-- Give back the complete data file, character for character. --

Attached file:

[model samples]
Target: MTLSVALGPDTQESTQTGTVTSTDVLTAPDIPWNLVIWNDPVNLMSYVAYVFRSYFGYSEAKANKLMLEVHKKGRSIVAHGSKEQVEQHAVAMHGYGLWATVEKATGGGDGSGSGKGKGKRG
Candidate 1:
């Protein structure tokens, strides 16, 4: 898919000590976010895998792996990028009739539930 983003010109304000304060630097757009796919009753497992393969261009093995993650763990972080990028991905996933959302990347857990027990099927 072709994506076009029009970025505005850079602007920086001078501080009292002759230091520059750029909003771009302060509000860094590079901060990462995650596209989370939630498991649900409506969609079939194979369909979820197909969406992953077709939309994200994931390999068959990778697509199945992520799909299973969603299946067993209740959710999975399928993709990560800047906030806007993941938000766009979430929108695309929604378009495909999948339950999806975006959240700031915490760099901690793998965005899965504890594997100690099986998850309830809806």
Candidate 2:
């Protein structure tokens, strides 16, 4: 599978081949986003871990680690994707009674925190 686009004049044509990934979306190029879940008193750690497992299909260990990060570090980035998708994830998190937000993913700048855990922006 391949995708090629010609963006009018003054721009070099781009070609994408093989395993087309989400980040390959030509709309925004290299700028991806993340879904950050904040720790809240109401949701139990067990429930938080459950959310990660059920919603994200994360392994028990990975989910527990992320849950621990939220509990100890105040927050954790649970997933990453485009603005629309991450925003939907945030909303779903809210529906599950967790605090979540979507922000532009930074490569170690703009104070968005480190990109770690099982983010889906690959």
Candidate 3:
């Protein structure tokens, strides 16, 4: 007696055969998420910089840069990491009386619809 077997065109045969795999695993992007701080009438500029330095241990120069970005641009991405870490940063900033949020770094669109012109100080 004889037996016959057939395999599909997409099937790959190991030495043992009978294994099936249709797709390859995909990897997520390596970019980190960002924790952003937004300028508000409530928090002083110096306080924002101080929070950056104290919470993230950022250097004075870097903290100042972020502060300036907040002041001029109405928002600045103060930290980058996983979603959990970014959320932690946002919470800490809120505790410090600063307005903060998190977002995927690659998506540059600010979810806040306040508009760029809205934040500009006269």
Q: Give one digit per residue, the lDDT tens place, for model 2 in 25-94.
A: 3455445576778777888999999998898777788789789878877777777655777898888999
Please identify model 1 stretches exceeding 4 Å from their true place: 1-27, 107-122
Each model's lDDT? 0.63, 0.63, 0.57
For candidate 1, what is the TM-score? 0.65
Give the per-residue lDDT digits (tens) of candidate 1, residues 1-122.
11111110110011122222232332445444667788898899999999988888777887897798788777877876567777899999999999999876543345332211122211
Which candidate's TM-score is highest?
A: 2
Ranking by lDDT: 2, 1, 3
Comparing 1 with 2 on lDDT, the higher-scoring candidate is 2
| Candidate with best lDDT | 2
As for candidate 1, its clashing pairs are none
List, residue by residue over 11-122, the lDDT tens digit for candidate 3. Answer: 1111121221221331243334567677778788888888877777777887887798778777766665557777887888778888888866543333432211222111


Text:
[model samples]
Target: MTLSVALGPDTQESTQTGTVTSTDVLTAPDIPWNLVIWNDPVNLMSYVAYVFRSYFGYSEAKANKLMLEVHKKGRSIVAHGSKEQVEQHAVAMHGYGLWATVEKATGGGDGSGSGKGKGKRG
Candidate 1:
């Protein structure tokens, strides 16, 4: 898919000590976010895998792996990028009739539930 983003010109304000304060630097757009796919009753497992393969261009093995993650763990972080990028991905996933959302990347857990027990099927 072709994506076009029009970025505005850079602007920086001078501080009292002759230091520059750029909003771009302060509000860094590079901060990462995650596209989370939630498991649900409506969609079939194979369909979820197909969406992953077709939309994200994931390999068959990778697509199945992520799909299973969603299946067993209740959710999975399928993709990560800047906030806007993941938000766009979430929108695309929604378009495909999948339950999806975006959240700031915490760099901690793998965005899965504890594997100690099986998850309830809806």
Candidate 2:
């Protein structure tokens, strides 16, 4: 599978081949986003871990680690994707009674925190 686009004049044509990934979306190029879940008193750690497992299909260990990060570090980035998708994830998190937000993913700048855990922006 391949995708090629010609963006009018003054721009070099781009070609994408093989395993087309989400980040390959030509709309925004290299700028991806993340879904950050904040720790809240109401949701139990067990429930938080459950959310990660059920919603994200994360392994028990990975989910527990992320849950621990939220509990100890105040927050954790649970997933990453485009603005629309991450925003939907945030909303779903809210529906599950967790605090979540979507922000532009930074490569170690703009104070968005480190990109770690099982983010889906690959």
Candidate 3:
């Protein structure tokens, strides 16, 4: 007696055969998420910089840069990491009386619809 077997065109045969795999695993992007701080009438500029330095241990120069970005641009991405870490940063900033949020770094669109012109100080 004889037996016959057939395999599909997409099937790959190991030495043992009978294994099936249709797709390859995909990897997520390596970019980190960002924790952003937004300028508000409530928090002083110096306080924002101080929070950056104290919470993230950022250097004075870097903290100042972020502060300036907040002041001029109405928002600045103060930290980058996983979603959990970014959320932690946002919470800490809120505790410090600063307005903060998190977002995927690659998506540059600010979810806040306040508009760029809205934040500009006269």
Q: Give one digit per residue, the lDDT tens place, for model 2 in 25-94.
A: 3455445576778777888999999998898777788789789878877777777655777898888999
Please identify model 1 stretches exceeding 4 Å from their true place: 1-27, 107-122
Each model's lDDT? 0.63, 0.63, 0.57
For candidate 1, what is the TM-score? 0.65
Give the per-residue lDDT digits (tens) of candidate 1, residues 1-122.
11111110110011122222232332445444667788898899999999988888777887897798788777877876567777899999999999999876543345332211122211
Which candidate's TM-score is highest?
A: 2
Ranking by lDDT: 2, 1, 3
Comparing 1 with 2 on lDDT, the higher-scoring candidate is 2
| Candidate with best lDDT | 2
As for candidate 1, its clashing pairs are none
List, residue by residue over 11-122, the lDDT tens digit for candidate 3. Answer: 1111121221221331243334567677778788888888877777777887887798778777766665557777887888778888888866543333432211222111